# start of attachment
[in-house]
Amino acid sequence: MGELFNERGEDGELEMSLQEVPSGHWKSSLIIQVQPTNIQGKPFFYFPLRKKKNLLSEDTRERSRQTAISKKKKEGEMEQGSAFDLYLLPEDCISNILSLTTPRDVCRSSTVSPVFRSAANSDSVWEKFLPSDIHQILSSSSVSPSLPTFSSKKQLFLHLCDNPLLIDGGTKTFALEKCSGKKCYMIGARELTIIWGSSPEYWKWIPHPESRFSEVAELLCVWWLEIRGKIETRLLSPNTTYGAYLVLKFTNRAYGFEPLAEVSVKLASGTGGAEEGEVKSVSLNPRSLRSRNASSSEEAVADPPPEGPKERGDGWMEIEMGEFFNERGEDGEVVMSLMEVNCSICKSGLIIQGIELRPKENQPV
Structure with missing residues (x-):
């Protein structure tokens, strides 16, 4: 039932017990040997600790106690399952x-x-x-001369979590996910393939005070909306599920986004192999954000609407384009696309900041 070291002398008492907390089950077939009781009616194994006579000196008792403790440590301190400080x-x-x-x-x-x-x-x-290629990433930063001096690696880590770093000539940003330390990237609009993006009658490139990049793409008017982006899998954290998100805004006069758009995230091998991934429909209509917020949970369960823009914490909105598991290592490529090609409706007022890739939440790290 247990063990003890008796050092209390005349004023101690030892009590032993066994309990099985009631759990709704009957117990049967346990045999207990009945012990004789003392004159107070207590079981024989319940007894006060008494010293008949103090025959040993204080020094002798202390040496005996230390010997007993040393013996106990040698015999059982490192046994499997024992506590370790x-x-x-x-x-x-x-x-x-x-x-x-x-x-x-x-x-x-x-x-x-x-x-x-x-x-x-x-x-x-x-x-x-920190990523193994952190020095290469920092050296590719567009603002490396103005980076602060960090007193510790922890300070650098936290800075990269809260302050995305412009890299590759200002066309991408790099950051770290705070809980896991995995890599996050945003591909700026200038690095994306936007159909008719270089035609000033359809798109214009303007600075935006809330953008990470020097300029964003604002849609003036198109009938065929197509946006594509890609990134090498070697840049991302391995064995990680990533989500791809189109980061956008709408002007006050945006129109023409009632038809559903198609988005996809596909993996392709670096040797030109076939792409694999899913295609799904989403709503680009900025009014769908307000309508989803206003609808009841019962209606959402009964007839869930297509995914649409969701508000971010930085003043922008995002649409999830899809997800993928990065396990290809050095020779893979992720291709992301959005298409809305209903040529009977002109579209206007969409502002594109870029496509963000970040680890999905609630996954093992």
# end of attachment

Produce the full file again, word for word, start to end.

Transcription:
[in-house]
Amino acid sequence: MGELFNERGEDGELEMSLQEVPSGHWKSSLIIQVQPTNIQGKPFFYFPLRKKKNLLSEDTRERSRQTAISKKKKEGEMEQGSAFDLYLLPEDCISNILSLTTPRDVCRSSTVSPVFRSAANSDSVWEKFLPSDIHQILSSSSVSPSLPTFSSKKQLFLHLCDNPLLIDGGTKTFALEKCSGKKCYMIGARELTIIWGSSPEYWKWIPHPESRFSEVAELLCVWWLEIRGKIETRLLSPNTTYGAYLVLKFTNRAYGFEPLAEVSVKLASGTGGAEEGEVKSVSLNPRSLRSRNASSSEEAVADPPPEGPKERGDGWMEIEMGEFFNERGEDGEVVMSLMEVNCSICKSGLIIQGIELRPKENQPV
Structure with missing residues (x-):
């Protein structure tokens, strides 16, 4: 039932017990040997600790106690399952x-x-x-001369979590996910393939005070909306599920986004192999954000609407384009696309900041 070291002398008492907390089950077939009781009616194994006579000196008792403790440590301190400080x-x-x-x-x-x-x-x-290629990433930063001096690696880590770093000539940003330390990237609009993006009658490139990049793409008017982006899998954290998100805004006069758009995230091998991934429909209509917020949970369960823009914490909105598991290592490529090609409706007022890739939440790290 247990063990003890008796050092209390005349004023101690030892009590032993066994309990099985009631759990709704009957117990049967346990045999207990009945012990004789003392004159107070207590079981024989319940007894006060008494010293008949103090025959040993204080020094002798202390040496005996230390010997007993040393013996106990040698015999059982490192046994499997024992506590370790x-x-x-x-x-x-x-x-x-x-x-x-x-x-x-x-x-x-x-x-x-x-x-x-x-x-x-x-x-x-x-x-x-920190990523193994952190020095290469920092050296590719567009603002490396103005980076602060960090007193510790922890300070650098936290800075990269809260302050995305412009890299590759200002066309991408790099950051770290705070809980896991995995890599996050945003591909700026200038690095994306936007159909008719270089035609000033359809798109214009303007600075935006809330953008990470020097300029964003604002849609003036198109009938065929197509946006594509890609990134090498070697840049991302391995064995990680990533989500791809189109980061956008709408002007006050945006129109023409009632038809559903198609988005996809596909993996392709670096040797030109076939792409694999899913295609799904989403709503680009900025009014769908307000309508989803206003609808009841019962209606959402009964007839869930297509995914649409969701508000971010930085003043922008995002649409999830899809997800993928990065396990290809050095020779893979992720291709992301959005298409809305209903040529009977002109579209206007969409502002594109870029496509963000970040680890999905609630996954093992």